We’ve spoken about how thoughts dictate emotions and the guilt that we often impose on ourselves in the wake of loss. If you find you’re getting stuck on a thought and feeling that you can’t move past, Byron Katie, author of “The Work” encourages people to ask themselves four questions.
Consider the thought that you can’t get past, write it down if you like, then ask yourself:
- Is it true? (Yes or no. If no move to #3)
- Can you absolutely knowthat is true? (Yes or no.)
- How do you react, what happens, when you believe that thought? (What feeling does that thought create within you? What behavior?)
- Who would you be without that thought?
For this to be useful you have to be completely honest with yourself. It’s worth taking some time and digging to the bottom of your answers. If you have short answers to 3 & 4, you might add depth to your response by adding “because…” or “which means…” to help you investigate further.
Coming to your own conclusions is the most productive way to use this, but in the context of grief the honest answer to number four often has something to do with letting go of past expectations and identity and facing a future that is nothing like what you had planned.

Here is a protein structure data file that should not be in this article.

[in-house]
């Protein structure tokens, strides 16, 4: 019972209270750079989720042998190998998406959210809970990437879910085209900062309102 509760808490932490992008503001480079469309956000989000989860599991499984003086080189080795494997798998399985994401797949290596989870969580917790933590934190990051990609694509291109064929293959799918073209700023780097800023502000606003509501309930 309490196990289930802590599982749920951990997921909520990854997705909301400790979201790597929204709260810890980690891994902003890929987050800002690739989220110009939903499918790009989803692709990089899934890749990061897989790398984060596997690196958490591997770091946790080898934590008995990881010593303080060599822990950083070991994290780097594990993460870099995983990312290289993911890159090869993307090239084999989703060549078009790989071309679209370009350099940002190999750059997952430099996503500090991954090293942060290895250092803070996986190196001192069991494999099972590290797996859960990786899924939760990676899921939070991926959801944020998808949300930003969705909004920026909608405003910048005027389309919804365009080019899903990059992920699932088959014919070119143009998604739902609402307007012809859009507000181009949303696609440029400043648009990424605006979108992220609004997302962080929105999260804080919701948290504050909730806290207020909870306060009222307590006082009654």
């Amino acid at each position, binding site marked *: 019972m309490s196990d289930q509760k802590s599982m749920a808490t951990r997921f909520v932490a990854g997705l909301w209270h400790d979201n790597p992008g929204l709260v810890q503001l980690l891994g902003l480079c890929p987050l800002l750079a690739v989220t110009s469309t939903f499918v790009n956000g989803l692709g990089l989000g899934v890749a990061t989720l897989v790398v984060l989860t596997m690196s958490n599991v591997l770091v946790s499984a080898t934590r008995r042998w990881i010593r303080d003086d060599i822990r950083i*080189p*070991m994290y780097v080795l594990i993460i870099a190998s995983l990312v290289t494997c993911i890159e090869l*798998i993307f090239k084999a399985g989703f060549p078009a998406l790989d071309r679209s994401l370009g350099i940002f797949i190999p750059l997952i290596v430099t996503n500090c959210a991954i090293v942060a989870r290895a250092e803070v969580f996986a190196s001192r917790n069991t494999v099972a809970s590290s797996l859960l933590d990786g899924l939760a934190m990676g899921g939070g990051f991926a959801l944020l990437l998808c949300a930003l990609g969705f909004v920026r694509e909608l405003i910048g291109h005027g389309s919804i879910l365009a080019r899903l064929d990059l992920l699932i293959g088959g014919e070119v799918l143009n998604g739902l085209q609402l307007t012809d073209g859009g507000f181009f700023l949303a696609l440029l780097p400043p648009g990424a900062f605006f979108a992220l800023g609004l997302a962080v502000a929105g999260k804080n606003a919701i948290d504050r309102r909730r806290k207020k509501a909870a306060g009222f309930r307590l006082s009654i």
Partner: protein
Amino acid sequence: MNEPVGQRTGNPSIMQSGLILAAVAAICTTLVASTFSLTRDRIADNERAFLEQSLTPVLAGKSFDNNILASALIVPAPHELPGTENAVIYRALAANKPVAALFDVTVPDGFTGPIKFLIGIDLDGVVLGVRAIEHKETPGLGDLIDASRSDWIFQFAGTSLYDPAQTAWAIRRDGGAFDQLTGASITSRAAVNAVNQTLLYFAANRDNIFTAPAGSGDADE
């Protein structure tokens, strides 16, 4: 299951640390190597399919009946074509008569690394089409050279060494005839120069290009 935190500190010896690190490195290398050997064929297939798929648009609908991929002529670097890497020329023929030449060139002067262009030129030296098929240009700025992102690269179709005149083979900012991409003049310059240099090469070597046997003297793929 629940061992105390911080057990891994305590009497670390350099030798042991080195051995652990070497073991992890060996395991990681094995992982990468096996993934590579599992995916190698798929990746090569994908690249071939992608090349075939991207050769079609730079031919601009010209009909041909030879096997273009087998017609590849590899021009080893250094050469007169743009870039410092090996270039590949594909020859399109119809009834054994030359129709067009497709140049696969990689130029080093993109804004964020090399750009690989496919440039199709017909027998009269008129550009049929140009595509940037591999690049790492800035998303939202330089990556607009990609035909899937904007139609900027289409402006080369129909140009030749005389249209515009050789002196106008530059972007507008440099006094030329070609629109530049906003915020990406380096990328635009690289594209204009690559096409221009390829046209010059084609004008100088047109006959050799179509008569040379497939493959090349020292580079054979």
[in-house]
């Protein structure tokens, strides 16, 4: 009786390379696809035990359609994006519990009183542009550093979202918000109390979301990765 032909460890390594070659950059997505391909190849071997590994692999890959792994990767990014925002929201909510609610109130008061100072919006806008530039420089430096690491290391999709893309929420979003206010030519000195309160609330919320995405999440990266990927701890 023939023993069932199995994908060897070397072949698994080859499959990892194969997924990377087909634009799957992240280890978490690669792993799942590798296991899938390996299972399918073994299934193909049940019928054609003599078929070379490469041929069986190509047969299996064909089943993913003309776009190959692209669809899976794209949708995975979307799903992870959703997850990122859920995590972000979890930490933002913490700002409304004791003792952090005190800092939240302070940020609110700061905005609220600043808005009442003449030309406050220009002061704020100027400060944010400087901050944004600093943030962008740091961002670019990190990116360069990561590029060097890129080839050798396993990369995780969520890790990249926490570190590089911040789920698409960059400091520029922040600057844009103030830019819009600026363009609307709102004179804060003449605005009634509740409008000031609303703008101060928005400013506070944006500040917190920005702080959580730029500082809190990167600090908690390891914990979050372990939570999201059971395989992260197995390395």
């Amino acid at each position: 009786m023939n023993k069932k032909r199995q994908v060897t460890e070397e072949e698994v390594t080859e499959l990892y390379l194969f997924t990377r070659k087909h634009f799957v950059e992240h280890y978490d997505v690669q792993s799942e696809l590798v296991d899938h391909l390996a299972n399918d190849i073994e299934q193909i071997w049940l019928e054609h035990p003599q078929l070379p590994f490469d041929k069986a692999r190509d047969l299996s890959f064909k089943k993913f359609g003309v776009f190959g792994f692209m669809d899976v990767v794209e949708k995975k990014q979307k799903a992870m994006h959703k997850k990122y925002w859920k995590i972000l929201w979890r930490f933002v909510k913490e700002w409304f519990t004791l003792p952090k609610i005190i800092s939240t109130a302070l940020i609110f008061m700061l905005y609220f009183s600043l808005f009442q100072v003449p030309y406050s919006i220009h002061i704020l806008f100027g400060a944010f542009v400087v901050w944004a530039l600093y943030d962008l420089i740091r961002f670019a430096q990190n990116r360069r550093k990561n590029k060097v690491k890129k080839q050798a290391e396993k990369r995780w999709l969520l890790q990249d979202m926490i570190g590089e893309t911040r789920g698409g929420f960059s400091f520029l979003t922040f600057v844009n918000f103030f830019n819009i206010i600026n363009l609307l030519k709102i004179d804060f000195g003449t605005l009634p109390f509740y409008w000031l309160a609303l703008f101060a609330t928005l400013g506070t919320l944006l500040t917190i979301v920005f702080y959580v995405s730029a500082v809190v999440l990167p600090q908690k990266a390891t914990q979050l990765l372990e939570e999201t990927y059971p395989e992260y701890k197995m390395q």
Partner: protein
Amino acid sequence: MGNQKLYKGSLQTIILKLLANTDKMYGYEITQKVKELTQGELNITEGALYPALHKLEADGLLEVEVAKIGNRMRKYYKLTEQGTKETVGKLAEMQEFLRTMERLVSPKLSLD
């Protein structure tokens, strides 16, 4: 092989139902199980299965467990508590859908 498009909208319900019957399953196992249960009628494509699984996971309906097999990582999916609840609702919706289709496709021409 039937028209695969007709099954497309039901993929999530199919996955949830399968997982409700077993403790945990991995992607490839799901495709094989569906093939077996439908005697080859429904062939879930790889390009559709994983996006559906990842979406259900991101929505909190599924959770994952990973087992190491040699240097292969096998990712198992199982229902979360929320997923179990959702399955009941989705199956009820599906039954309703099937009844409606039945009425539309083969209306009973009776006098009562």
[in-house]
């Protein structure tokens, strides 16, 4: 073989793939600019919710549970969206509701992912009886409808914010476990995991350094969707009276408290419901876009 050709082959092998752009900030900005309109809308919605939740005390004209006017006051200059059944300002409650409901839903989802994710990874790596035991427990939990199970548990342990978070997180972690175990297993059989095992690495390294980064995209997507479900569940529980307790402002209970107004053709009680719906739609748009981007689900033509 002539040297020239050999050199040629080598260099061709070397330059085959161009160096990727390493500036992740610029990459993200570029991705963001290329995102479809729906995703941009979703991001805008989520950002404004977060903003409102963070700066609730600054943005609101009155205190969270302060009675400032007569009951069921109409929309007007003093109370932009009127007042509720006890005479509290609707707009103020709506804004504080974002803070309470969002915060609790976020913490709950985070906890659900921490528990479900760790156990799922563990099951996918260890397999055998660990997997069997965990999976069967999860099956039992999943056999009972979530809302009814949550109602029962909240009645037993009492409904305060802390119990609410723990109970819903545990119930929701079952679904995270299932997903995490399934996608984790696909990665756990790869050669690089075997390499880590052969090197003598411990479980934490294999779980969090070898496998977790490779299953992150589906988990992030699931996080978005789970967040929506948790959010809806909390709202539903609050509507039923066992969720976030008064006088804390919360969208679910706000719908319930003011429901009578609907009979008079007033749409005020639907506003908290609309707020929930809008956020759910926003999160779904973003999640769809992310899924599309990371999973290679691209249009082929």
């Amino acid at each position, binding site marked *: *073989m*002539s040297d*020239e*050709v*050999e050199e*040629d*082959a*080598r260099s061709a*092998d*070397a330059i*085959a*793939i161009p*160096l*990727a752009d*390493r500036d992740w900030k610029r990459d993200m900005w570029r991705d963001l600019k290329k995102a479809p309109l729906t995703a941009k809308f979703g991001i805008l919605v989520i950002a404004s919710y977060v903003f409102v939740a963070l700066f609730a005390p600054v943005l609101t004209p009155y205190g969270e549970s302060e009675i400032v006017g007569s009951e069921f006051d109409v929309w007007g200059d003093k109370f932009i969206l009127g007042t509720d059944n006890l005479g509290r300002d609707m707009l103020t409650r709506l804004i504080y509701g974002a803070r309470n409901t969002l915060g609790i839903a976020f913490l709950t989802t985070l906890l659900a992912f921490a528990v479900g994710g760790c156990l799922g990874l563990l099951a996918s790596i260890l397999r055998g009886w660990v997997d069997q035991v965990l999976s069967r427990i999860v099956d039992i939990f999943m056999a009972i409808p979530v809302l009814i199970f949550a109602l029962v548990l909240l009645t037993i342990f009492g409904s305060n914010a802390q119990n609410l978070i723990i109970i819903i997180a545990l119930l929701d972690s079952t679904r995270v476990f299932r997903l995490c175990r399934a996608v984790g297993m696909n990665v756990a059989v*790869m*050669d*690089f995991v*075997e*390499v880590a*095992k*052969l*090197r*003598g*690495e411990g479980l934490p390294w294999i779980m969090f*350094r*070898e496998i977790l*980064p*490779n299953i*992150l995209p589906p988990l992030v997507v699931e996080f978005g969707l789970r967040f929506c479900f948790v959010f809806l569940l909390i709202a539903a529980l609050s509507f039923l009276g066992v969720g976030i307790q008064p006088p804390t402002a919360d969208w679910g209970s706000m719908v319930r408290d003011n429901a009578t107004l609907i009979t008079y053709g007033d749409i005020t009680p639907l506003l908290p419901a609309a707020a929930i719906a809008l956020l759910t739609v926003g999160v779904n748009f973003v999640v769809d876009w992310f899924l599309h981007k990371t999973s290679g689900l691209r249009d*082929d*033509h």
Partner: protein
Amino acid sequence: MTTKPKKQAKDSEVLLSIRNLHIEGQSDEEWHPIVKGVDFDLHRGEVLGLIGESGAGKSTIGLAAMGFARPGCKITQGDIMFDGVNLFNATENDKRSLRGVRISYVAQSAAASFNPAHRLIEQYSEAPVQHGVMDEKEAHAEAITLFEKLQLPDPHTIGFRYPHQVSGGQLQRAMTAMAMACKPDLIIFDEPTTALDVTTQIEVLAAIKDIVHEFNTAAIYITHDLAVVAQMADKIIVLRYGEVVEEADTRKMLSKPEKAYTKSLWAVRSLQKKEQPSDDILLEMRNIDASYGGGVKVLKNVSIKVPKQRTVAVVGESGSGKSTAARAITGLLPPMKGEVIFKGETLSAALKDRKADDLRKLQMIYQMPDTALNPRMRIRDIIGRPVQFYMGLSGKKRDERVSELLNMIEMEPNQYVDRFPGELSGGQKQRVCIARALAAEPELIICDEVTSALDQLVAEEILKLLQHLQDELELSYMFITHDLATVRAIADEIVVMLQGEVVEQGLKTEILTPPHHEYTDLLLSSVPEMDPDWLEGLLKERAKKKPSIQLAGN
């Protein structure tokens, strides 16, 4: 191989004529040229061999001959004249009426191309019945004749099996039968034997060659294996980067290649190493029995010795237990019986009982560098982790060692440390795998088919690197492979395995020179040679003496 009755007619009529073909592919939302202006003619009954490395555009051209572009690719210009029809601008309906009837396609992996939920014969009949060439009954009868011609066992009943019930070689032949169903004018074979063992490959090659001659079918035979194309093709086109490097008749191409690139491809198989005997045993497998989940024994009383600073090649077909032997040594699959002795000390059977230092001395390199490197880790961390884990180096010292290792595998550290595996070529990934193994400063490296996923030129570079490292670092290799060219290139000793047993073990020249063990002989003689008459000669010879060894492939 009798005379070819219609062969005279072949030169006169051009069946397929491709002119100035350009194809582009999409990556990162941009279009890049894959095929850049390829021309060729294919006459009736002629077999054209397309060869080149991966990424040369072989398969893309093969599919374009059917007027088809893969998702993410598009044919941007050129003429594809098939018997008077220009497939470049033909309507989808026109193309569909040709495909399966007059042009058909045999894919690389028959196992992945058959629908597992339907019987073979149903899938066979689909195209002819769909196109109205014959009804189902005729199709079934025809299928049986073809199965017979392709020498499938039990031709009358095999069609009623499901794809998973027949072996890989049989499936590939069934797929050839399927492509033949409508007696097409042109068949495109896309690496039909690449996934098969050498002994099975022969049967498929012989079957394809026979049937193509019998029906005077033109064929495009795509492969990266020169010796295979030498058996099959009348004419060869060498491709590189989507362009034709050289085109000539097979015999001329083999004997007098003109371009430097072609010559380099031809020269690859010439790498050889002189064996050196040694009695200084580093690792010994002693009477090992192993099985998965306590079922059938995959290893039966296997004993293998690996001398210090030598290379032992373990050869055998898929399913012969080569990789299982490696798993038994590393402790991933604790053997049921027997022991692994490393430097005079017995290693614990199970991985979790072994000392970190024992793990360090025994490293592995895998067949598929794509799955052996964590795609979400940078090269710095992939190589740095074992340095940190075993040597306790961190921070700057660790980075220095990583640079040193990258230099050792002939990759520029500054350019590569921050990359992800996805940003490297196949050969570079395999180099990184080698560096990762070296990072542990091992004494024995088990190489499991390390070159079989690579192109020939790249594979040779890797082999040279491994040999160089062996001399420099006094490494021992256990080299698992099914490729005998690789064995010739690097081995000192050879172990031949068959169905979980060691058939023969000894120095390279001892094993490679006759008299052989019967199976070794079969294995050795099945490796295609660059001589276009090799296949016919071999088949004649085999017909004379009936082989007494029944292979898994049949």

Often, the thought or feeling you can’t get past, even if it’s negative, is part of the “you” you know, and oddly that can be comforting. Folks say, “better the devil you know than the devil you don’t.” Which in this context means that though this thought you’re stuck on makes you feel badly, maybe if you let it go, the new thoughts will be worse. It’s scary to face the unknown.
Letting go of any thought that pertains to the person you lost also means letting go of a part of your relationship with them. And when we have finite memories of someone, we can find ourselves clinging to any thought of them, even if it makes us feel badly about ourselves.
This exercise isn’t meant to determine if a thought is good or bad just whether the thought is true and if it is useful. Remember that grief doesn’t have a timeline, and even if you determine the thought you’re having isn’t useful, it doesn’t mean you need to be ready to give it up, hanging on to it for now is okay. This exercise is intended to create awareness. You can absolutely put that awareness up on a shelf and pull it down when you’re ready to use it.
Thanks for visiting Grief Compass. We’re sorry you have to be here, but are glad we’ve found each other.
Subscribe to get more practical, approachable tips and insights for modern folks dealing with grief. You can also follow us on Facebook, Twitter, and Instagram.